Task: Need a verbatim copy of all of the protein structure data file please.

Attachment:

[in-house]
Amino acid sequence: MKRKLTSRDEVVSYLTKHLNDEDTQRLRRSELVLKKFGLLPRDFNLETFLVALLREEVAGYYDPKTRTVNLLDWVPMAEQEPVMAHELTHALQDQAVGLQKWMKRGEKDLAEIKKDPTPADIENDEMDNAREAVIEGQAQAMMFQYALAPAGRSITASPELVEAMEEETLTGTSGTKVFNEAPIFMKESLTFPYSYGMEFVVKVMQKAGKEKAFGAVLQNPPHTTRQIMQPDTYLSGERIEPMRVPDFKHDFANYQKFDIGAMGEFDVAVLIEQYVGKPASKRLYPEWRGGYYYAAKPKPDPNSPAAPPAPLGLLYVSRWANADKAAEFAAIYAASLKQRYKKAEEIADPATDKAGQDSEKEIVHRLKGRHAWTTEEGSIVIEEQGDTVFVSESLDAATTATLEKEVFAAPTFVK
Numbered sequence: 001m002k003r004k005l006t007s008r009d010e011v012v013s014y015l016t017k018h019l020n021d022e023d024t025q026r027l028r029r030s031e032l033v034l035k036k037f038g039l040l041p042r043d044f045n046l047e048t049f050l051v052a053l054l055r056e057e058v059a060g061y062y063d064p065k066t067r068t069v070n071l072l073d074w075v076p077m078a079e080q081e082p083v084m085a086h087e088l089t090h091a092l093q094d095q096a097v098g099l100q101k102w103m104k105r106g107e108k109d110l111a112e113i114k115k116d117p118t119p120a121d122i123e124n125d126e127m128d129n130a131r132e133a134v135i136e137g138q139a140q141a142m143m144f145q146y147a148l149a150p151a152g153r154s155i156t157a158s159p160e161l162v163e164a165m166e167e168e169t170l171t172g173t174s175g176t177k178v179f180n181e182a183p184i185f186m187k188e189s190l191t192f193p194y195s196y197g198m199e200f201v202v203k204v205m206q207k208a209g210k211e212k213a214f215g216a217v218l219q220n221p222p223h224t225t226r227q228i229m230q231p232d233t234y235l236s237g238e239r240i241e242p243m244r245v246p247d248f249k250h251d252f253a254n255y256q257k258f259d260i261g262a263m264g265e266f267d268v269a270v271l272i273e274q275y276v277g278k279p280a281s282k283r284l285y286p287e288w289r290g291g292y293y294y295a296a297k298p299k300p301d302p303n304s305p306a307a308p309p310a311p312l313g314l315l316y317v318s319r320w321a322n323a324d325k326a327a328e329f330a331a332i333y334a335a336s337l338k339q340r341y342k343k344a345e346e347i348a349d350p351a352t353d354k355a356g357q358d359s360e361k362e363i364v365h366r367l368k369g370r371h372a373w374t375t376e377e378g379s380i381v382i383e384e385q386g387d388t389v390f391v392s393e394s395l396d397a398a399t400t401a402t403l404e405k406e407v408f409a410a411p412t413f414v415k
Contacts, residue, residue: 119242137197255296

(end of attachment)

[in-house]
Amino acid sequence: MKRKLTSRDEVVSYLTKHLNDEDTQRLRRSELVLKKFGLLPRDFNLETFLVALLREEVAGYYDPKTRTVNLLDWVPMAEQEPVMAHELTHALQDQAVGLQKWMKRGEKDLAEIKKDPTPADIENDEMDNAREAVIEGQAQAMMFQYALAPAGRSITASPELVEAMEEETLTGTSGTKVFNEAPIFMKESLTFPYSYGMEFVVKVMQKAGKEKAFGAVLQNPPHTTRQIMQPDTYLSGERIEPMRVPDFKHDFANYQKFDIGAMGEFDVAVLIEQYVGKPASKRLYPEWRGGYYYAAKPKPDPNSPAAPPAPLGLLYVSRWANADKAAEFAAIYAASLKQRYKKAEEIADPATDKAGQDSEKEIVHRLKGRHAWTTEEGSIVIEEQGDTVFVSESLDAATTATLEKEVFAAPTFVK
Numbered sequence: 001m002k003r004k005l006t007s008r009d010e011v012v013s014y015l016t017k018h019l020n021d022e023d024t025q026r027l028r029r030s031e032l033v034l035k036k037f038g039l040l041p042r043d044f045n046l047e048t049f050l051v052a053l054l055r056e057e058v059a060g061y062y063d064p065k066t067r068t069v070n071l072l073d074w075v076p077m078a079e080q081e082p083v084m085a086h087e088l089t090h091a092l093q094d095q096a097v098g099l100q101k102w103m104k105r106g107e108k109d110l111a112e113i114k115k116d117p118t119p120a121d122i123e124n125d126e127m128d129n130a131r132e133a134v135i136e137g138q139a140q141a142m143m144f145q146y147a148l149a150p151a152g153r154s155i156t157a158s159p160e161l162v163e164a165m166e167e168e169t170l171t172g173t174s175g176t177k178v179f180n181e182a183p184i185f186m187k188e189s190l191t192f193p194y195s196y197g198m199e200f201v202v203k204v205m206q207k208a209g210k211e212k213a214f215g216a217v218l219q220n221p222p223h224t225t226r227q228i229m230q231p232d233t234y235l236s237g238e239r240i241e242p243m244r245v246p247d248f249k250h251d252f253a254n255y256q257k258f259d260i261g262a263m264g265e266f267d268v269a270v271l272i273e274q275y276v277g278k279p280a281s282k283r284l285y286p287e288w289r290g291g292y293y294y295a296a297k298p299k300p301d302p303n304s305p306a307a308p309p310a311p312l313g314l315l316y317v318s319r320w321a322n323a324d325k326a327a328e329f330a331a332i333y334a335a336s337l338k339q340r341y342k343k344a345e346e347i348a349d350p351a352t353d354k355a356g357q358d359s360e361k362e363i364v365h366r367l368k369g370r371h372a373w374t375t376e377e378g379s380i381v382i383e384e385q386g387d388t389v390f391v392s393e394s395l396d397a398a399t400t401a402t403l404e405k406e407v408f409a410a411p412t413f414v415k
Contacts, residue, residue: 119242137197255296